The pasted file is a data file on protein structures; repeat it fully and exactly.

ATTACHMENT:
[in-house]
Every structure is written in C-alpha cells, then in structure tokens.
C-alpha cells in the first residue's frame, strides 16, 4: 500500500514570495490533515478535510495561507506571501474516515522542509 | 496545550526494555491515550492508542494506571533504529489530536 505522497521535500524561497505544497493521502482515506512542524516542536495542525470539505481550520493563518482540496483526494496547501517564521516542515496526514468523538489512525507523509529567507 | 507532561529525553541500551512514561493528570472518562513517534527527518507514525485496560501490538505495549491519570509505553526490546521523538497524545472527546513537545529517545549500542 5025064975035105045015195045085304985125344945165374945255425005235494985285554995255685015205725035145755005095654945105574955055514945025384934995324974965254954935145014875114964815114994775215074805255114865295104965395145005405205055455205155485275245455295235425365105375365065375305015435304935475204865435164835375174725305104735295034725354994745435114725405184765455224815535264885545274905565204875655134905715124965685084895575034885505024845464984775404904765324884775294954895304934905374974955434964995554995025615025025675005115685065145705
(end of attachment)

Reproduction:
[in-house]
Every structure is written in C-alpha cells, then in structure tokens.
C-alpha cells in the first residue's frame, strides 16, 4: 500500500514570495490533515478535510495561507506571501474516515522542509 | 496545550526494555491515550492508542494506571533504529489530536 505522497521535500524561497505544497493521502482515506512542524516542536495542525470539505481550520493563518482540496483526494496547501517564521516542515496526514468523538489512525507523509529567507 | 507532561529525553541500551512514561493528570472518562513517534527527518507514525485496560501490538505495549491519570509505553526490546521523538497524545472527546513537545529517545549500542 5025064975035105045015195045085304985125344945165374945255425005235494985285554995255685015205725035145755005095654945105574955055514945025384934995324974965254954935145014875114964815114994775215074805255114865295104965395145005405205055455205155485275245455295235425365105375365065375305015435304935475204865435164835375174725305104735295034725354994745435114725405184765455224815535264885545274905565204875655134905715124965685084895575034885505024845464984775404904765324884775294954895304934905374974955434964995554995025615025025675005115685065145705